By Bryan Perkins
What we have to acknowledge is that WHEN the peloton was rife with drug use (there is still debate if it is – check the link at end of this article) – just to keep up and be mildly competitive you had to juice up. Before the mid 1980’s drugs only made you feel like you were going faster (which was nice, real nice as it masked a lot of the suffering, the essential beauty of professional cycling). Human beings have always used drugs to escape: covering up pains and frustrations; to make us feel better and to improve our well-being, however artificially contrived and illusory. And cycling racing was no different, if not a haven for the endless search of substances to alleviate the pain.
The major leap in the use of drugs was EPO, as this made a distinct difference in rider performance. Put simply EPO stimulates the bone marrow to produce more oxygen rich red blood cells, allowing the body to pump more oxygen around the body. Tests have shown that a rider can achieve a 10% improvement in aerobic performance; that’s enormous when you consider the competitive margins in top tier cycling (or other endurance sports where oxygen … is literally … your lifeblood).
Let’s just put that into context with this year’s TdF general classification. Froome won by 1 minute and 15 seconds over Quintana, slogging his guts out for a total of 84 hours and 46 minutes up and down the biggest mountains in France. The margin of victory was down to a fraction of a % in overall time, so when you have a drug which can produce such large gains – it’s very understandable that riders aspiring to a professional career had to join the dark side with blood doping. And again for simplicity sake – a “normal” person will have a red cell volume of about 40%, whereas a world class athlete (say 5% of the population) will have red cell volume of up to 50%. You may remember stories of riders dying in their sleep with the early use (I mean abuse) of EPO. Science and the doctors smartened up their acts, but in these early days a rider’s blood literally turned to a gluggy sludge during the night when their heart rates were at their lowest. Their blood was incredibly thick and rich with red blood cells, with a red cell volume of upto 70-80 %. We had stories of riders setting their alarms to wake during the night just to keep their blood flowing (pedalling for half hour or so), or risk death because their blood was too heavy and thick for their poor hearts to pump.
Without wanting to bore you with more science – the blood tests you hear about to day in essence check whether a rider has recorded a dramatic jump in their red cell blood level or it is over the 50% threshold (called the haematocrit blood level). 1% of the population (often your very elite endurance athletes) may have a natural haematocrit of over 50%, but 50% is the magic mark. Any rider with a reading above this raises suspicions of blood doping. It is not natural. Pantani – the Italian cycling great – recorded a haematocrit level of 60.1% in 1995, and was banned in Tour of Italy in 2004 for two weeks with a level of 54%. He died a lonely depressed chap in a hotel room of a cocaine overdose in 2004.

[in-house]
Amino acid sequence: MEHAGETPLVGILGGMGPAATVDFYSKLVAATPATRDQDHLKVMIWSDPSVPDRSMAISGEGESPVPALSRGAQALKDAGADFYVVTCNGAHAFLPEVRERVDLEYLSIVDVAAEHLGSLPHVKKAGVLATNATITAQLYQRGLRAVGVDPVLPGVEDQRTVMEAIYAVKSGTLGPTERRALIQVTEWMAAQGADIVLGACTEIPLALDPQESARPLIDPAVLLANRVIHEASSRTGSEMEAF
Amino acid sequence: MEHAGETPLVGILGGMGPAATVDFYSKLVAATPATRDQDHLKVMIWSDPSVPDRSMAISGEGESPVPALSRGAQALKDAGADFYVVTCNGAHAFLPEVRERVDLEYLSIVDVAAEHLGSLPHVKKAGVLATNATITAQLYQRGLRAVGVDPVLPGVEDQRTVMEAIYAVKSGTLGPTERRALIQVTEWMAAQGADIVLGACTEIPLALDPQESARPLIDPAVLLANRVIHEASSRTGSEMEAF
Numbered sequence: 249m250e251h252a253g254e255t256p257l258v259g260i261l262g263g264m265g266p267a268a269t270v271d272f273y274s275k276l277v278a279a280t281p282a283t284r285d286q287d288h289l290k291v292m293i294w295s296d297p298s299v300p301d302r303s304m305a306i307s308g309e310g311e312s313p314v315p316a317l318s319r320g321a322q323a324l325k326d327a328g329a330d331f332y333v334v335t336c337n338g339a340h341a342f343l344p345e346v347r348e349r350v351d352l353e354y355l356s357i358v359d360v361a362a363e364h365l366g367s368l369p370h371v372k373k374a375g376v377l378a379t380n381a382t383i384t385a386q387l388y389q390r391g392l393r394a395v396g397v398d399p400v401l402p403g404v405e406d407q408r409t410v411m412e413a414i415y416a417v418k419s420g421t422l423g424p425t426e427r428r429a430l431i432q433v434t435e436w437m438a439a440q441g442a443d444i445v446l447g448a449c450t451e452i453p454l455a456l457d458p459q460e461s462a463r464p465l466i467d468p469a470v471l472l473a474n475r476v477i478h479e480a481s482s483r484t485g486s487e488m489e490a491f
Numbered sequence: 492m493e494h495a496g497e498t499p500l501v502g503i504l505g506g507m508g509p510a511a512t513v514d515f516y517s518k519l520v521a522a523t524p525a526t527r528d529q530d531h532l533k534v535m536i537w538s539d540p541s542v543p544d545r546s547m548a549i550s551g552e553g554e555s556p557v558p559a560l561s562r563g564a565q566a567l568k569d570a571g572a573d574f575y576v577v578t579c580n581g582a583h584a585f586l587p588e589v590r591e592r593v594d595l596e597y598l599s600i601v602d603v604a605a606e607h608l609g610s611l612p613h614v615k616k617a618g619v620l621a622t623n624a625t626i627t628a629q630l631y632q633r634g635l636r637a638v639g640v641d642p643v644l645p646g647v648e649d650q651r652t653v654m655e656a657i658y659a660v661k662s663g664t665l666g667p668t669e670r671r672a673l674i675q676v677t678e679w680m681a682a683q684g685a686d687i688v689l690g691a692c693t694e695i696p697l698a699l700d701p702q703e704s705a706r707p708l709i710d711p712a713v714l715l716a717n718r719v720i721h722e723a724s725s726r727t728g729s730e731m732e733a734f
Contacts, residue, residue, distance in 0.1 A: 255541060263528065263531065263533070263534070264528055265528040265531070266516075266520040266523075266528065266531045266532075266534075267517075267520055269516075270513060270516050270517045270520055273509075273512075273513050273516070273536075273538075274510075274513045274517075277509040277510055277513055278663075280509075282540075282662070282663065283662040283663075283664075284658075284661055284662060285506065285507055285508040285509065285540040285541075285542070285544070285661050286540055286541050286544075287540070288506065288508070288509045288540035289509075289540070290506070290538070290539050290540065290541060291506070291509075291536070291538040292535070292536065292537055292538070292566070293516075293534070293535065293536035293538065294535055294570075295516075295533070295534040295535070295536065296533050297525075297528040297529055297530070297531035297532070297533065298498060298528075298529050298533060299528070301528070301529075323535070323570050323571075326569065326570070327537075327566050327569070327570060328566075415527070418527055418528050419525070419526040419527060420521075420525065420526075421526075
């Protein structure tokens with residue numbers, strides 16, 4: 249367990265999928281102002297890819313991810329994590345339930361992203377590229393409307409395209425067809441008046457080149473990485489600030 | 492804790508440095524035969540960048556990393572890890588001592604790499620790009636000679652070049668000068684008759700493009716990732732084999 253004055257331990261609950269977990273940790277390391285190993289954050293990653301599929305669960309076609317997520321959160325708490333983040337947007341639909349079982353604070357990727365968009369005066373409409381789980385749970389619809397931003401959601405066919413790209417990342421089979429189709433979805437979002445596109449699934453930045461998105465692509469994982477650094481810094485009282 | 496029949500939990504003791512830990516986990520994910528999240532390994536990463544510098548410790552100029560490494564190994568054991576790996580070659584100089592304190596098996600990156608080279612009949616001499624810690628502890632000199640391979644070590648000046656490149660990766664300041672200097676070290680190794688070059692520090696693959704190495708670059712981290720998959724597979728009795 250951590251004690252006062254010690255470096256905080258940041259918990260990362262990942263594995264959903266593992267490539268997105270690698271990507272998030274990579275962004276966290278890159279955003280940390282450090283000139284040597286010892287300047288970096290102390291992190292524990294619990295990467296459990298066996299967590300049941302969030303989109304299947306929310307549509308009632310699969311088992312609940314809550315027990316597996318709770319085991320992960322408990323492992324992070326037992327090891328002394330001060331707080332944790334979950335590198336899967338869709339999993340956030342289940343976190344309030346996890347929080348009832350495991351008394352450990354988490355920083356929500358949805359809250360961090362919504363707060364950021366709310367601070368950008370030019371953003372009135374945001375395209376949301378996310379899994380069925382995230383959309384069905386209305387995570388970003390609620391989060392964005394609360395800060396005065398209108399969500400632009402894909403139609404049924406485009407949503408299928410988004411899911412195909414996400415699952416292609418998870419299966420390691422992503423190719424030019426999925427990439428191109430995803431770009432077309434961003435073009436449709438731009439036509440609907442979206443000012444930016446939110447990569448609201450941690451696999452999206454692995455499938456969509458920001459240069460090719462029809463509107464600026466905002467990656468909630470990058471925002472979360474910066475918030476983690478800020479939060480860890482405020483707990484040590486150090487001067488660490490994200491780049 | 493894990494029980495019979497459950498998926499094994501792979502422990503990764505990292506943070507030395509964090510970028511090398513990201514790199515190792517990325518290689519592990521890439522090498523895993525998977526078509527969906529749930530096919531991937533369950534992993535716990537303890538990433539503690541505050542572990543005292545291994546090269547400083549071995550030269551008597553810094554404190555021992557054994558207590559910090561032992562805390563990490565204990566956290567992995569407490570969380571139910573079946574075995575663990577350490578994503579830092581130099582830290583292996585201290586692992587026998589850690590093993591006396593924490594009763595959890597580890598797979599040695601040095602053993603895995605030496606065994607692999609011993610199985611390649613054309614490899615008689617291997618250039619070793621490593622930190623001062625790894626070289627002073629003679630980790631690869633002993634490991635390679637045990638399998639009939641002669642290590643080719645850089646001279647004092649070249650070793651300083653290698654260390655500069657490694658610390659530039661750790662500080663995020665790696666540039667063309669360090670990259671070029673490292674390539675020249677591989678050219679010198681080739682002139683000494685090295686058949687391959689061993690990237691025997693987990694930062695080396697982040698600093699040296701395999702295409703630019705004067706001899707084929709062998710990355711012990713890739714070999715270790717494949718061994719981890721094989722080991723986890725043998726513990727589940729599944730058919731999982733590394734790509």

There were many stories of top amateur riders reaching the professional ranks, and going on their early training rides and being flabbergasted at the speed of their training pelotons. While the established pros where chatting away merrily, our newcomers were riding their rings out just to hang on the back. You get a sense of the deep, dark and stark choices facing a neo professional rider.
Of course a lot of sub top tier riders do it for the love. Riding and racing 40 000 km a year on a seat that small is certainly a thing of love. For top bike riders (like other top performing athletes) often don’t have a lot more going for themselves than racing a bike exceptionally well. They can’t spell academic, let alone be one. All they’ve done for the majority of their teens is piss their parents off with the melodic joys of Germanic satanic thrash metal, and a pungent tangy body odour. And spending an inordinate amount of time riding their bike. Then there’s the eating, sleeping and recovering for the next day of – you guessed it – riding their bike.
Cycling can offer multi-million dollar contracts to the very elite, but for most riders (even a top domestique), they get an average salary to suffer day in and day out. But surely that’s better than packing shelves at the local Pak n Save? And imagine the buzz of riding up a mountain stage with 100’s of thousands of fans screaming in your ear to keep pedalling. It must be a thrill and compensation for the effort that goes into being a top road racer.
Although it’s not exactly like sticking pins into your eyes, pro cycling racing is a form of sadomasochism, just without the whips and chains. This paradoxical world of self-inflicted agony has attracted drug use since 1886 and since 1966 (when drug testing started in the Tour de France), it’s been estimated over 200 riders have tested positive for some form of performance enhancing substance.
What I do find remarkable is that human beings always have, and always will, continue to imbibe drugs in some way, shape or form. Despite the billions spent in law enforcement, when will we acknowledge that demand will always mean their effective supply? Is there possibly a smarter and more effective way to manage the issue of drugs in cycling? Maybe we should, as this report released earlier this year gives a gloomy outline of the current state of drugs in the sport.